Third Base Cards often markets these cards with tweets that state that their phones can’t stop ringing off the hook about the cards and that buyers should act fast. I would like to note Third Base Cards has never provided a phone number to reach them.  They also say that their Babe Ruth card is one of the greatest ever made in history and they predict it will double in value to $250,000 in the next decade. However, some astute collectors on Twitter actually were able to track down the card on past eBay sales. Third Base Cards paid $400 for it, and that also came with another Topps Gold Canary 1/1. Somehow in the process of shipping the Babe Ruth card jumped in value from $400 to $125,000.

I have also yet to see Third Base Cards respond to other collectors who have pointed out that the true value might be around $400 and the most valuable card from the 2011 Topps Gold Canary 1/1 was a Mike Trout rookie which sold for about $3,000. Also while the 1/1 means it is the only one in the world, I would like to point out that according to Beckett, there were 29,793 1/1 cards made for baseball alone in 2009 and In 2010, an editor for Beckett did some digging and discovered the following: Beckett had close to 340,000 1/1 cards listed in the Beckett database — just for baseball. The 2011 Topps Update set has a base set of 330 cards meaning there are 330 different 2011 Topps Canary Gold Diamond 1/1 cards floating around.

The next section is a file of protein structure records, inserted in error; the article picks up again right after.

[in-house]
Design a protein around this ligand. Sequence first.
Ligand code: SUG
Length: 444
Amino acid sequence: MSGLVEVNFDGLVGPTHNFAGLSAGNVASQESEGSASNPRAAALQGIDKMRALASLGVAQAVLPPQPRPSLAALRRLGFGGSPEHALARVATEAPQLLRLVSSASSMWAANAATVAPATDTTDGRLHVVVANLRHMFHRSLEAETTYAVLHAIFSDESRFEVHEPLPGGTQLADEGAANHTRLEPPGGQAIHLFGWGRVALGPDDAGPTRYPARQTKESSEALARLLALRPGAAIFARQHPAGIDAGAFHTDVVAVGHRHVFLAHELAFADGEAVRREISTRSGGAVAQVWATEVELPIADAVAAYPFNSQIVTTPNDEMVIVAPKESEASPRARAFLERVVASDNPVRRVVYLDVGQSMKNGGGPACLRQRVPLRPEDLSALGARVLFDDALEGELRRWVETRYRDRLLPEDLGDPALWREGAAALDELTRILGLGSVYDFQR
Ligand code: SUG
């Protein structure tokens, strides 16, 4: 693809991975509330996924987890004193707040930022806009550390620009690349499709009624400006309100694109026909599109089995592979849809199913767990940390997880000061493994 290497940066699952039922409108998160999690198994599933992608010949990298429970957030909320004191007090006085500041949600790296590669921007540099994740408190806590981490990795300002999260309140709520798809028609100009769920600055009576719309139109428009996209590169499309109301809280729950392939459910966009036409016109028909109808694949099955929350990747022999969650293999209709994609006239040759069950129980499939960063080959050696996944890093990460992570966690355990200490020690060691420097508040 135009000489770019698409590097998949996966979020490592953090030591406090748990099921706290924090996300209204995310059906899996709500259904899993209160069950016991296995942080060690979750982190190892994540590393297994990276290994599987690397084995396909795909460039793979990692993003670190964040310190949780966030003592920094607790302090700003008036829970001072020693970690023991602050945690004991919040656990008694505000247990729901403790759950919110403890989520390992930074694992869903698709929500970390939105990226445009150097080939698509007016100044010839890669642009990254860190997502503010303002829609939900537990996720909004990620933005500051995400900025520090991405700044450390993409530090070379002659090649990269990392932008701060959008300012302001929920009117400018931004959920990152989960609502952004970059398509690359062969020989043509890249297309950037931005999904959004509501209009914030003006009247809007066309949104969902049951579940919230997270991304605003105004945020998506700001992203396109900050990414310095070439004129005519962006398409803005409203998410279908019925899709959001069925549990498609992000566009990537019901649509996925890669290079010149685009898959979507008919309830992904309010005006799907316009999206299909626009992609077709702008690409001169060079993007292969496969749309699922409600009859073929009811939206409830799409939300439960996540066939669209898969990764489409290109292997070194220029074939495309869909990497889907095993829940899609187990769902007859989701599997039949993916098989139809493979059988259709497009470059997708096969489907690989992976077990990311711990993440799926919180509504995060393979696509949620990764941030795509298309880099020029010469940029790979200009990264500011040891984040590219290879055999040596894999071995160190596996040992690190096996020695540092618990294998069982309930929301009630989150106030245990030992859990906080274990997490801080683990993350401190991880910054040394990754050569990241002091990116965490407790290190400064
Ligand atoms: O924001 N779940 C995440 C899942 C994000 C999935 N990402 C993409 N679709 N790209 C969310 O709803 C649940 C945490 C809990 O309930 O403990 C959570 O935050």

Why is Third Base Cards so dangerous? It is their rigidity of their prices, which also seem arbitrarily set. While most experienced collectors know they are completely out of line and would not get anywhere close to their asking prices—they would be lucky to get $400 for the Ruth and over $100 for Hosmer—it is disheartening to know that Third Base Cards is out there corrupting and polluting the ideas and expectations of someone new to the hobby. I would hate for anyone who was interested in starting to collect be swindled by these guys. Third Base Cards could easily take them for a loop, especially if the buyer is new to collecting, has no real experience, and is deceived by Third Base Cards’ appearance as an actual card store. They are also creating unrealistic expectations for new collectors by over valuing 1/1’s.   A new collector may overpay for another 1/1, thinking it is a steal because it was nowhere close to the thousands of dollars Third Base Cards maintains there 1/1 cards are worth. They also intentionally misrepresent their cards. Going back to the Hosmer, they maintain it is his rookie card despite the fact Beckett did not denote it as a rookie card nor do the words rookie card or RC appear anywhere on it.  I will give credit where it is due and the card does say “Rookie debut” followed by the date of Hosmer’s first MLB appearance, but it is still not considered a rookie card.

One of my followers posted a screenshot of a conversation they had with Third Base Cards. They stated Third Base Cards was rather pushy, attempting to sell them cards that they (Third Base Cards) did not even have possession of yet. Third Base Cards stated those cards were recently purchased and in the mail and tried assuring the potential buyer that they would be arriving soon. The follower told Third Base Cards he didn’t feel comfortable with the transaction and has heard nothing but bad things about the shop. Third Base Cards said they couldn’t control what others said about them but that the potential buyer shouldn’t listen to them.

What it comes down is this: The only thing more dangerous than a person with a gun and knows how to use it, is a person with a gun that doesn’t know how to use it. Third Base Cards has gone above and beyond attempting to give themselves a reputable and knowledgeable online identity in the card collecting community. In reality they should be avoided like the plague and are insult to those who enjoy collecting and a threat to anyone new looking to start a collection.